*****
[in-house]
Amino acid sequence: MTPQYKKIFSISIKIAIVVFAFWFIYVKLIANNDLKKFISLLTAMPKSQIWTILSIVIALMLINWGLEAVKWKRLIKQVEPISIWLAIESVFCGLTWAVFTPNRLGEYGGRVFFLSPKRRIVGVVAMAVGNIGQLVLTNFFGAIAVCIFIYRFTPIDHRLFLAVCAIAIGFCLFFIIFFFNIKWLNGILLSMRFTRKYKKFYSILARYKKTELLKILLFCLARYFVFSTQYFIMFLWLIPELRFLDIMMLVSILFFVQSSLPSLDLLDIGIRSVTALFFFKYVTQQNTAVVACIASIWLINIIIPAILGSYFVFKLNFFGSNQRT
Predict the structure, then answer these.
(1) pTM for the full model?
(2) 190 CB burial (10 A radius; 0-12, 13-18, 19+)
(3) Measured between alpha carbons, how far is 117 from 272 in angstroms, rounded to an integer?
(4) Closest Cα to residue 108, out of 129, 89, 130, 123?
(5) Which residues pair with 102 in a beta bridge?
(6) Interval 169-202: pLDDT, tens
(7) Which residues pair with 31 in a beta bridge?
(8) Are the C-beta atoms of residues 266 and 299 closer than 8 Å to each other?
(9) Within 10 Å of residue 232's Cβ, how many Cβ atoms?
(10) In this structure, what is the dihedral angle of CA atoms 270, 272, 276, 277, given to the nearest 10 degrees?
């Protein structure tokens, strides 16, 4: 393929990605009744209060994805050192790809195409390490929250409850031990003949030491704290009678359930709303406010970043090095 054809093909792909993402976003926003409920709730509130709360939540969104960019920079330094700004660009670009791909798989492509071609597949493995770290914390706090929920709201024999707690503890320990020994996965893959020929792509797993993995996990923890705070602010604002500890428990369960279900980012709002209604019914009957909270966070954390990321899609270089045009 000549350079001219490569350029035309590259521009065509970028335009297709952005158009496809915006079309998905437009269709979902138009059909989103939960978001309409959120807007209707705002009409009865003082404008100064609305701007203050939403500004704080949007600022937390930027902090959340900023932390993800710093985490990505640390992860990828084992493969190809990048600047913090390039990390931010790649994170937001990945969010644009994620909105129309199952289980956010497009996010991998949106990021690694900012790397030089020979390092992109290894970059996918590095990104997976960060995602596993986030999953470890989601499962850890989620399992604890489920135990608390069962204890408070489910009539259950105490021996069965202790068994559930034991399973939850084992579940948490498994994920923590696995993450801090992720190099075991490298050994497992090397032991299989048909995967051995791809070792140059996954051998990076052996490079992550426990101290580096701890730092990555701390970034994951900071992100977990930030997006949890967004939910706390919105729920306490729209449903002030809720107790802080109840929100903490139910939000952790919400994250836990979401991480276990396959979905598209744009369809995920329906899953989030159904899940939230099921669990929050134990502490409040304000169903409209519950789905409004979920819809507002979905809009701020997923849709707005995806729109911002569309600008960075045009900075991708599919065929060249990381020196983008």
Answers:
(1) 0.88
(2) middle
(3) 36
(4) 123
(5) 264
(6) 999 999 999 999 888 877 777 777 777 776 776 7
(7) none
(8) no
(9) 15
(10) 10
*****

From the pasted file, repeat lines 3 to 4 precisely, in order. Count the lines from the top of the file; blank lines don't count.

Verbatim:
Predict the structure, then answer these.
(1) pTM for the full model?